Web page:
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Nick Saban Alleged Seizure Incident with Dolphins Paints Ugly Picture

T.J. Mcaloon@@tjmcaloonContributorDecember 7, 2011

CHARLOTTE, NC - AUGUST 24: Head Coach Nick Saban of the Carolina Pantherslooks on from the sidelines against the Miami Dolphins during the first half of their NFL Pre-Season Game at Bank of America Stadium on August 24, 2006 in Charlotte, North Carolina.  (Photo by Donald Miralle/Getty Images)
Donald Miralle/Getty Images

Nick Saban’s time with the Miami Dolphins can be summed up with one word: odd. 

It was odd when he left LSU to go to the Miami Dolphins. And it was odd when he left the Dolphins to coach at Alabama. When he left both coaching positions, he had the fanbase very upset with him. 

He made Dolphins player Manuel Wright cry during training camp. Now there are accusations from a former player, Heath Evans, that Saban stepped over offensive lineman Jeno James when James was on the floor after collapsing after practice.

Evans said while on Miami’s Jorge Sedano Show on 790 The Ticket:

SEDANO: Give me an example of something he did to someone while you were there that made you shake your head, you’re like, "That stuff doesn’t work here."

EVANS: Well, the first day of two-a-days. We had about a three-hour-plus practice in the morning in that south Florida sun. You guys know what it’s like down there in late July, early August. And then that night we had another practice under the lights, if I recall I think it was about from 6 to 9.

Jeno James, our best offensive lineman at the time, comes in and collapses after practice, uh, vomiting all kinds of stuff that would make a billygoat puke, eyes rolled in the back of his head. Myself, about four other lineman are trying to carry him from the locker room, to the training room.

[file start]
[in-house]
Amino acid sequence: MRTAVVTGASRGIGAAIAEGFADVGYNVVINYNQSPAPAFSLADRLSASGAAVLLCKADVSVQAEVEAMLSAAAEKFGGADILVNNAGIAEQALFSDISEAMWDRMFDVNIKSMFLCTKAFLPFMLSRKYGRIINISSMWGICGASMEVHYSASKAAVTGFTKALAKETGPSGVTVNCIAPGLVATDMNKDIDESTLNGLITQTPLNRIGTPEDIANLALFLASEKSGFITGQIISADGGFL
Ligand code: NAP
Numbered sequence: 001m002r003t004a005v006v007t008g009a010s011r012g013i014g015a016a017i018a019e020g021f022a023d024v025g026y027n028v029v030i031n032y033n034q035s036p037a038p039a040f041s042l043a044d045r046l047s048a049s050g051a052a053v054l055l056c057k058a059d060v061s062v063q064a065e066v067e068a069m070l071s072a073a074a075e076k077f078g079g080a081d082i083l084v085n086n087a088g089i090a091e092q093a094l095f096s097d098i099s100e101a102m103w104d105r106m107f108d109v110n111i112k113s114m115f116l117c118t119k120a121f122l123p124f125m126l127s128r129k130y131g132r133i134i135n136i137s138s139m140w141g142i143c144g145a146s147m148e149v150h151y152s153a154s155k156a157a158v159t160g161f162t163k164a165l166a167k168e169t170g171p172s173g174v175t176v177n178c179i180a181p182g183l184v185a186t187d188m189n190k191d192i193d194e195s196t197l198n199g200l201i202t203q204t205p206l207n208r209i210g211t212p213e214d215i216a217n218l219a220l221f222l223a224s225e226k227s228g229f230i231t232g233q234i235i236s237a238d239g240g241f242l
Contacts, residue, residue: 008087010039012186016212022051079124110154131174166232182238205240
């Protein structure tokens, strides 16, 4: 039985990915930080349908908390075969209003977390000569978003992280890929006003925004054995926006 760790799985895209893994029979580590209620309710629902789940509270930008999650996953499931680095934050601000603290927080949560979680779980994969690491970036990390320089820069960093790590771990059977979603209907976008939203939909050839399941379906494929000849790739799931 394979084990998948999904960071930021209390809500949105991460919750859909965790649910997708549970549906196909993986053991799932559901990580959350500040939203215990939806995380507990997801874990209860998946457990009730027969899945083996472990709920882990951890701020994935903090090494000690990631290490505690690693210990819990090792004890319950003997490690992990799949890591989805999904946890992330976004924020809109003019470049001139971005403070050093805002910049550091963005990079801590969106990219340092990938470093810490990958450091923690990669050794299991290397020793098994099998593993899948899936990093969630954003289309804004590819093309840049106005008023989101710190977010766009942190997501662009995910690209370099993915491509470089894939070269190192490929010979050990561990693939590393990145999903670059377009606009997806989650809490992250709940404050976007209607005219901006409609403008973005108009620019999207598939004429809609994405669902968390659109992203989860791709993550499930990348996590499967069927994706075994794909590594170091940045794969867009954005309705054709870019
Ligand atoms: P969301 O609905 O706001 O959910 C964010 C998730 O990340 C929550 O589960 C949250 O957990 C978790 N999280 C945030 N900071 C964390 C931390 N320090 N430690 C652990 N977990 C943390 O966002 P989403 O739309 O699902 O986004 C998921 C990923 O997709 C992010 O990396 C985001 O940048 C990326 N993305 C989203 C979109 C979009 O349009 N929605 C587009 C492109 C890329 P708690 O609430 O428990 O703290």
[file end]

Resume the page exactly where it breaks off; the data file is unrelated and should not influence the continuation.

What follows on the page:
Obviously it’s a moment of panic, everyone, you know, we don’t know if this guy’s, you know, gonna die, I mean, the whole deal. But he’s so big and sweaty and heavy that we actually have to set him down in the hallway between the locker room and the training room.

Nick Saban literally just starts walking in, steps over Jeno James convulsing, doesn’t say a word, doesn’t try to help, goes upstairs, I don’t know what he does. But then obviously they get Jeno trauma-offed to the hospital.

Saban calls a team meeting about 10:30 that night, comes down and says, "You know, the captain of the ship can never show fear or indecision, we’ve always gotta have an answer, and so I had to go upstairs, that’s why I walked over Geno like that, I had to collect my thoughts and decide what’s best for our team."

With the way he coaches his players, does this incident surprise you at all with Saban? 

Later in the interview Sedano goes onto to say:

Well, listen, I know for a fact that people in that office, they weren’t even allowed to look at him, for God’s sake! Like, I heard a story about his secretary telling him he had a nice haircut, he kind of like grunted at her and kept walking. And then someone later, this Scotty O’Brien, that hatchet man that he had, came up to her and says, "You’re not allowed to speak to the coach! Don’t you dare speak to the coach!" Just nonsense that Scotty O’Brien—he had a hatchet man! What coach has a hatchet man? 

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This alleged incident paints a scary picture of a head coach who likes to have complete control over everything that happens on his football team. These stories show Saban as the leader of the team who no one is allowed to question his authority or speak out of line to. 

When that incident happened, local journalists, like Greg Bedard of the Palm Beach Post, reported it. In that article, one of the Dolphins player described the scene as “scary” and “shocking.”

Per Carlos Frias of the Palm Beach Post, cornerback Reggie Howard said, “It was frightening at first, no one knew what was going on.”

In Frias' piece he says that several Dolphins said they saw James throwing up in the locker room before the second practice, then froze when they saw him lying on the ground as the medical staff treated him.

In Saban’s two years he’s made a lot of enemies in the Miami area. From the way he left the team to these alleged incidents, it does not make Saban seem a very friendly coach. 

In Miami, these alleged stories make Saban out to be an egomaniac who did not allow anyone to be bigger than him. 

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